It is because of the remarkable success of Things Fall Apart that the publishers Heinemann UK launched the African Writers Series, AWS, in 1962 with Achebe’s first novel as its first title. For many years Mr. Achebe served as a non-remunerated Editorial Adviser of the series in which several African writers got their breakthrough in publishing.

Things Fall Apart reputedly accounted for 80 per cent of the entire revenue of the AWS.

Nelson Mandela famously called Mr. Achebe “the writer in whose hands the prison walls came crashing down.”

Former American President, Jimmy Carter, numbers Mr. Achebe as one of his favourite writers.

The rave reviews for Achebe’s most famous novel have somewhat dwarfed his other novels such as No Longer at Ease (1960), Arrow of God (1964), A Man of the People (1966) and Anthills of the Savannah (1987).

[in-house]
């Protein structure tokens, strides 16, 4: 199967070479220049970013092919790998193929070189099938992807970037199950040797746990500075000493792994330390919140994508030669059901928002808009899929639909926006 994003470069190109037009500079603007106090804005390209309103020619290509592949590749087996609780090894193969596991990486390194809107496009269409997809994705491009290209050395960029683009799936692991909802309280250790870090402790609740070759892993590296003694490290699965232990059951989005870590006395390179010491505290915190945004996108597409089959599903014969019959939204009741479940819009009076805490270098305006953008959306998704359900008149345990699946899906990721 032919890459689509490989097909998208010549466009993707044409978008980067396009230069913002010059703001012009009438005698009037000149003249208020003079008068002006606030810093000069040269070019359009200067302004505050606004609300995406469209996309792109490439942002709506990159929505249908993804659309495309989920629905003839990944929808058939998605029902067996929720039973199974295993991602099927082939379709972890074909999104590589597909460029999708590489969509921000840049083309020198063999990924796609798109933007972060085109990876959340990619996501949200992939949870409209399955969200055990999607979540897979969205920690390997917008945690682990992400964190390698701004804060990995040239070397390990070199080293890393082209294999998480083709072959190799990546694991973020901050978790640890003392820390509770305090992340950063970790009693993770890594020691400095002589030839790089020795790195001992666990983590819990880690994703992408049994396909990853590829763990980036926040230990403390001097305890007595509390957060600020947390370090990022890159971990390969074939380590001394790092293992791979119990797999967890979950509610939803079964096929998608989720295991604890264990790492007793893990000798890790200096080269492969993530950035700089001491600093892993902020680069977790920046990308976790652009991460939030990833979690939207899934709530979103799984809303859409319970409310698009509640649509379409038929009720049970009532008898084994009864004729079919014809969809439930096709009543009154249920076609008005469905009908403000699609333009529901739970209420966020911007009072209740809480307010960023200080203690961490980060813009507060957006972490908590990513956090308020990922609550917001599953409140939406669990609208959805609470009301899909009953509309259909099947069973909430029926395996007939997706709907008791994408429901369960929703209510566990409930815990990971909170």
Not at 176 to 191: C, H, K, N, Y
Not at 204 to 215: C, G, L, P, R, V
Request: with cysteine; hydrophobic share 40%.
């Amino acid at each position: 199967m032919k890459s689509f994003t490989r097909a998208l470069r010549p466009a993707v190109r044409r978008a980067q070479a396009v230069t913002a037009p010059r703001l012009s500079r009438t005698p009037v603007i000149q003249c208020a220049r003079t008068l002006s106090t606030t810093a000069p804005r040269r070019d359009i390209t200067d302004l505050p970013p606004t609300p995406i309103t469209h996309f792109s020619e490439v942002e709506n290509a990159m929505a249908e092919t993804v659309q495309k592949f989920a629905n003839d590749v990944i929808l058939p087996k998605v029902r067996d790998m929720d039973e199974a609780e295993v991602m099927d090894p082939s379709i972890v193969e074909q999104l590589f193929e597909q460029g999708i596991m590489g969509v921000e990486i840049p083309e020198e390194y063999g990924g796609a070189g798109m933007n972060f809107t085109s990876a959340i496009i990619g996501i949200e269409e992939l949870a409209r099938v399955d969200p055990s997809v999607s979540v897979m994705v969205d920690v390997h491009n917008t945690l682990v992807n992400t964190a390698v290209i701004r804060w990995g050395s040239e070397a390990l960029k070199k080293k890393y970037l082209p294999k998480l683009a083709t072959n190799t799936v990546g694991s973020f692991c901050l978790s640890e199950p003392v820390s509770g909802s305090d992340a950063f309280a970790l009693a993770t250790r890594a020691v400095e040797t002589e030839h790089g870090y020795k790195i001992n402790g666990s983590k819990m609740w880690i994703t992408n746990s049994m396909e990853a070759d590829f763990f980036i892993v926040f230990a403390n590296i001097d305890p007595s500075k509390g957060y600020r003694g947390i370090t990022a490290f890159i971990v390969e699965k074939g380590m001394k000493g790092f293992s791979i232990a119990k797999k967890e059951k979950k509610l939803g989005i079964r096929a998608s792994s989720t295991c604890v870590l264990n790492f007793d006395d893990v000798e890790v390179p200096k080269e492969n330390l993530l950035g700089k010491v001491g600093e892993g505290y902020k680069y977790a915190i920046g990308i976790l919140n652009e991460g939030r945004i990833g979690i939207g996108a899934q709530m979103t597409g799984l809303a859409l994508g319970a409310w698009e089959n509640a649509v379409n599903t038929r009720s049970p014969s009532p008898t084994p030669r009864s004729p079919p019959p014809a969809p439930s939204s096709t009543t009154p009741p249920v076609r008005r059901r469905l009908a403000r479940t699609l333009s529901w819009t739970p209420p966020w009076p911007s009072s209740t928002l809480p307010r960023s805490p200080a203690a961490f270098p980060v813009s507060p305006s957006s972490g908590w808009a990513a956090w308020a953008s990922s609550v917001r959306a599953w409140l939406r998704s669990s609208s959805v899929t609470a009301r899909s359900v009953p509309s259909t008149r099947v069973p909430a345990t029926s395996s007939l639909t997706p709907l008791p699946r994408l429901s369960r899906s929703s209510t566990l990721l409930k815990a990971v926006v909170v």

Mr. Achebe recently won the Man Booker Prize for his lifetime achievement in fiction writing, beating a formidable shortlist that included Philip Roth, Salman Rushdie, V.S. Naipaul, Ian McEwan etc. He equally won as the first African, the American National Arts Club Medal of Honour for Literature in November 2007.

Things Fall Apart has earned its uncommon distinction as a modern classic and was in 1992 adopted into the esteemed Everyman’s Library of world classics. The Igbo world of the late 19th and early 20th centuries which Achebe limned in Things Fall Apart has become the global picture of Africa writ large. At the turn of the 20th century the book was voted as Africa’s “novel of the century.”